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Friday, April 5, 2013

Niels Rosing-Schow, Peinture du temps

High modernist classical, as anyone who is reading this no doubt knows, is an achievement unprecedented in the history of music. Never before has there been such use of expanded and deconstructed tonality, rhythmic complexity and unusual sound color. Happily for those who love it, it is still very much with us.

A brand-new example that is as involved and intricate as any of it that has gone before is Niels Rosing-Schow's Peinture du temps (DaCapo 8.226557) which includes the title piece and four other works, played with dedication by the ensemble TM+ under the direction of Laurent Cuniot.

The size of the ensemble varies between an intimate duo setting of flute and cello for "Imprints of Time" to the fairly large chamber ensemble of "The Garden Behind the City." The pieces are mostly quite recent, ranging from a work composed in 1986 (and revised in 1997) to the nearly yesterday of 2010-11.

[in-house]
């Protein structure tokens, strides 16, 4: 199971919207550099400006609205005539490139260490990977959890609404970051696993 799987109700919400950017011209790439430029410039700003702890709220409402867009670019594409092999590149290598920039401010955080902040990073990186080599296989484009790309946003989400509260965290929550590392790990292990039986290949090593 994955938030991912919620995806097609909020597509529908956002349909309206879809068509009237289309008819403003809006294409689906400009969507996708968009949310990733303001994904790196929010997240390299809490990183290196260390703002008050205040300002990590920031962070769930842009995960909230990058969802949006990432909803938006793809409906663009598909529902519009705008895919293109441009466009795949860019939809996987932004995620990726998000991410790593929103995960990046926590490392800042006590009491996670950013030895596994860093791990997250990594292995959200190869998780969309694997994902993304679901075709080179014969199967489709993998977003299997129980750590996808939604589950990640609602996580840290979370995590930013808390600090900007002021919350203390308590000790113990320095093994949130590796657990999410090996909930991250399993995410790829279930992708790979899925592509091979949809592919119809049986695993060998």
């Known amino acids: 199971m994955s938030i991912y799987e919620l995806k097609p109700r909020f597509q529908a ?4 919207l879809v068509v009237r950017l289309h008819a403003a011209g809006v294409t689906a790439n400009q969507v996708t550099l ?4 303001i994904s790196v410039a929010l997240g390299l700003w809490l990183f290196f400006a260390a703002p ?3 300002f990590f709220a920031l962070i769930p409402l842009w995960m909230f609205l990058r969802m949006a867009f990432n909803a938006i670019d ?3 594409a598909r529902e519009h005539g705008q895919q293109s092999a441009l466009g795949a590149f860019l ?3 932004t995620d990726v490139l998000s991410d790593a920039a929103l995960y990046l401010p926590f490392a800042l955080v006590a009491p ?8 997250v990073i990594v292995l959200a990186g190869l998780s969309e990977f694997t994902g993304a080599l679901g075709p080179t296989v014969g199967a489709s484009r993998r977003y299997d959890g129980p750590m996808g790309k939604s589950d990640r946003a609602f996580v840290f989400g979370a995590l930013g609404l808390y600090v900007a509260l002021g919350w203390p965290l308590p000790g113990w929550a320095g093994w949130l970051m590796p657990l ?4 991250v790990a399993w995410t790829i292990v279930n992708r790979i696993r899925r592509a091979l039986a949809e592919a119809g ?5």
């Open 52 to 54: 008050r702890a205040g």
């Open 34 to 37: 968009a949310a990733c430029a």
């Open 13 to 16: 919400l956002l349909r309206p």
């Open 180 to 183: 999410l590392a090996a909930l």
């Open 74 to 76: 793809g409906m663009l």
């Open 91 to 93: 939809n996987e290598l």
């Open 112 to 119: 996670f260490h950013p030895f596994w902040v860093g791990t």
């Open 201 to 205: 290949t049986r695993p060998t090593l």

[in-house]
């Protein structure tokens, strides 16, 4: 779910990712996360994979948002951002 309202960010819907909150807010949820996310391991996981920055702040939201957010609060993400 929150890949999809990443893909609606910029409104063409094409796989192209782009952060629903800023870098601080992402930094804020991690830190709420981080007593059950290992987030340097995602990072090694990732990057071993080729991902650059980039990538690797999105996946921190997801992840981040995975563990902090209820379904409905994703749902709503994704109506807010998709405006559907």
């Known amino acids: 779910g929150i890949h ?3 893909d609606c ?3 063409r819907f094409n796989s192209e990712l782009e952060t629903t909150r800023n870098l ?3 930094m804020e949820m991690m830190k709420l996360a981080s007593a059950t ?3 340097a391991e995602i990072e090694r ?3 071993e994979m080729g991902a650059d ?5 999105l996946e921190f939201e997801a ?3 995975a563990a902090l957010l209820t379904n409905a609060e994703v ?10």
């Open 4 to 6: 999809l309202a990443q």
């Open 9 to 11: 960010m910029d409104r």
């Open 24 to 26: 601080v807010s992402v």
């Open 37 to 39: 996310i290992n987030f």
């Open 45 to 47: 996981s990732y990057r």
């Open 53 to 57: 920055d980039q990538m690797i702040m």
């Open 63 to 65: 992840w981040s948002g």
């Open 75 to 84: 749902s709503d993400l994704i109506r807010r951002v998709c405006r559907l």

Rosing-Schow's music is complex, atonal or nearly so, rhythmically very active, pointillistic in its own way and quite dramatically conceived.

It's not a music that sounds at all derivative, but instead comes through in a voice that is quite original.

The music goes from architectural strength to strength with a logic of sequence which is apparent and a classical-modern sense of inevitability. Rosing-Schow is a composer of the first rank and ensemble TM+ gives his music an ideal realization. Recommended.

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